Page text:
Humans hunted giant sloths in South America 30,000 years ago

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tags: South America, sloths




Most scientists agree that humans began arriving in the Americas between 13,000 and 15,000 years ago, and the Clovis people of North and Central America are generally considered the "first Americans." But new fossil evidence from a streambed in southern Uruguay could challenge such theories.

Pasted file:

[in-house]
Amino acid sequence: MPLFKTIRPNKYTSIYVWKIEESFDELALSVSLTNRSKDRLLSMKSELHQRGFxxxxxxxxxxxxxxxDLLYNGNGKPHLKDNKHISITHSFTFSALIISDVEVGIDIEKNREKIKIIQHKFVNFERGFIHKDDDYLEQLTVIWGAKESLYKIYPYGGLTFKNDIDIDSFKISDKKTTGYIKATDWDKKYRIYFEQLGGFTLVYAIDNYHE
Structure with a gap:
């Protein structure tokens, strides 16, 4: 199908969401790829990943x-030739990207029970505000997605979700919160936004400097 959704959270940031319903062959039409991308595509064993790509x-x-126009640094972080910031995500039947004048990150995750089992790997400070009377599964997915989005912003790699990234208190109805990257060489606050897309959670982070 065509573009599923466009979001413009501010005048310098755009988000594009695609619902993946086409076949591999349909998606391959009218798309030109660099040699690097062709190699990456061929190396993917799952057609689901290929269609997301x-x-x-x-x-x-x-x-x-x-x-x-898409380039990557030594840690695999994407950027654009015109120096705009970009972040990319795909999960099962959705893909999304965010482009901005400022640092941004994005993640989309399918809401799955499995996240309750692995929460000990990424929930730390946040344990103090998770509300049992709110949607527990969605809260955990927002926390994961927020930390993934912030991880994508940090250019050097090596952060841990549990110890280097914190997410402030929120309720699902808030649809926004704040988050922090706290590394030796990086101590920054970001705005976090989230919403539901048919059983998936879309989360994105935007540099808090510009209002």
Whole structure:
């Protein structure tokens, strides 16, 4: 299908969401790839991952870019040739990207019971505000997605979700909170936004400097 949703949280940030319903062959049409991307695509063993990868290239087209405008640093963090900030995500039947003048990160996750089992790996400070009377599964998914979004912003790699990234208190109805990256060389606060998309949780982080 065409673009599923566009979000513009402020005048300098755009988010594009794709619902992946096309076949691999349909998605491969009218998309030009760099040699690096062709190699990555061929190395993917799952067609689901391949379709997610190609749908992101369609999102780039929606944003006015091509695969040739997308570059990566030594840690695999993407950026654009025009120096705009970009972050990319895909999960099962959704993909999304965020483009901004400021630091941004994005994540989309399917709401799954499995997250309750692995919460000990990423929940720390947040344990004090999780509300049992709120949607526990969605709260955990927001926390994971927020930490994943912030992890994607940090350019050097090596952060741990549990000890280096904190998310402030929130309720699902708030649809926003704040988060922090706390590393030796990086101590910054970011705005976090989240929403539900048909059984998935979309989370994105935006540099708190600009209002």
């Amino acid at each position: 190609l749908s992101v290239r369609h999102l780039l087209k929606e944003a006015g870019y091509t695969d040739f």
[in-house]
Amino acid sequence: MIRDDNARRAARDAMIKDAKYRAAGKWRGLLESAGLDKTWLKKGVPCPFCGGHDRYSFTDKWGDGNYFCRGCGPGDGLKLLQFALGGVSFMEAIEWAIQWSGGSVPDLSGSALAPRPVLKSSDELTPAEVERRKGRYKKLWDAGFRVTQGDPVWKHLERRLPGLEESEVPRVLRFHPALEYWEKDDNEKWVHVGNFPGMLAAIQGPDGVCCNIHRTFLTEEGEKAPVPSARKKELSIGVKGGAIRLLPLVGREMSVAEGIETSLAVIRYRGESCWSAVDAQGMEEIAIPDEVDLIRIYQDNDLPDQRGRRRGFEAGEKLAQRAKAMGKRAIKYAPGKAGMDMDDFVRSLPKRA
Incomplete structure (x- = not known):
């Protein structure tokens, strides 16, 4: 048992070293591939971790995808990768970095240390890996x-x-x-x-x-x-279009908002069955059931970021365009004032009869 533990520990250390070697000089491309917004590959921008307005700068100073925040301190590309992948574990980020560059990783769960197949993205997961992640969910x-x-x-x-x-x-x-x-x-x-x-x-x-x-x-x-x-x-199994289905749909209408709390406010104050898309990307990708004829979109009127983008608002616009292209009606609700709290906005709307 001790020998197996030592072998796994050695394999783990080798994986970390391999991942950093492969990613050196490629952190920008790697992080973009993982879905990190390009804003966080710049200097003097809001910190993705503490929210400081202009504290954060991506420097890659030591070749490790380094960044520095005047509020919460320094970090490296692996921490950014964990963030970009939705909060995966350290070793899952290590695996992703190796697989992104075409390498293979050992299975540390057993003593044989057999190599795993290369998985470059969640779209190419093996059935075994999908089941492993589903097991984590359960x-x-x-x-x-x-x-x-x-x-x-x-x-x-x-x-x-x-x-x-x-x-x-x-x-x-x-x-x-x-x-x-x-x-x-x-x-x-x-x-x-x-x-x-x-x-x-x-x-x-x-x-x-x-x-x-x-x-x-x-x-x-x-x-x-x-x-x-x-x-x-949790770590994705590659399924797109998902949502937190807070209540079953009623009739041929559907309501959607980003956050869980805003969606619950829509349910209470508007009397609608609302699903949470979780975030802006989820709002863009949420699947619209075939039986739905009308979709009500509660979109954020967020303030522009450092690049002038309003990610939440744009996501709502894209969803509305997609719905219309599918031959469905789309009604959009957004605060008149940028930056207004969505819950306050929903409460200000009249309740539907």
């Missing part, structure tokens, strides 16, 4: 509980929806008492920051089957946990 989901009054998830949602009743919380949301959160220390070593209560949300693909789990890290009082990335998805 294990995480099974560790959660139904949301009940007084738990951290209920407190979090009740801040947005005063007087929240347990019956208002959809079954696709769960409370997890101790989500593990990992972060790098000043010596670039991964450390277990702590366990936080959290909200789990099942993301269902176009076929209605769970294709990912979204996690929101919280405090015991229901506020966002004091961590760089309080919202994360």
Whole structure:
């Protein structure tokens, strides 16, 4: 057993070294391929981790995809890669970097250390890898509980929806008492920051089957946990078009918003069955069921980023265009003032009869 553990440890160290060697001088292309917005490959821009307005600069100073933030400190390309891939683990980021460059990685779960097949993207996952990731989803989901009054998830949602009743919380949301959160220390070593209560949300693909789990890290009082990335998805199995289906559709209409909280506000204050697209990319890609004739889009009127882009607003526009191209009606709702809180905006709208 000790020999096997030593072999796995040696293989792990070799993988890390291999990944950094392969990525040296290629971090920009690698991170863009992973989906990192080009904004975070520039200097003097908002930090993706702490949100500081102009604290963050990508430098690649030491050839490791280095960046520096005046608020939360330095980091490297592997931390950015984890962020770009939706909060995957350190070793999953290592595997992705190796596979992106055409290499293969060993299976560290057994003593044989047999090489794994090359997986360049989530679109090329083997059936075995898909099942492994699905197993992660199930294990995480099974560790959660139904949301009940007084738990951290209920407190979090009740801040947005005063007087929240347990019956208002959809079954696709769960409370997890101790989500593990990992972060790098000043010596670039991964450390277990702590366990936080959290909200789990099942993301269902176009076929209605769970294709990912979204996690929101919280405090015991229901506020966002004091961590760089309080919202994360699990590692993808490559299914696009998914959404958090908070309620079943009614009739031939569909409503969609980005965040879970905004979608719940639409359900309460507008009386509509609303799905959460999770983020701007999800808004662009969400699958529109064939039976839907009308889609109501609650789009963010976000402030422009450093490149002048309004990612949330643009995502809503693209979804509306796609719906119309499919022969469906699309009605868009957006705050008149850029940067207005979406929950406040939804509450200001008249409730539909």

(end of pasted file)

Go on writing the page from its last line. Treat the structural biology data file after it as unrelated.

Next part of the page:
Results published in Proceedings of the Royal Society B suggest the presence at the site of human hunters who may have killed giant sloths and other megafauna. That itself isn't odd, but the site, called Arroyo del Vizcaino, has been radiocarbon dated to between 29,000 and 30,000 years old—thousands of years before people were thought to be there.

"That's pretty old for a site that has evidence of human presence, particularly in South America," said study co-author Richard Farina, a paleontologist at Uruguay's Universidad de la Republica....

Read entire article at Archaeology News Network

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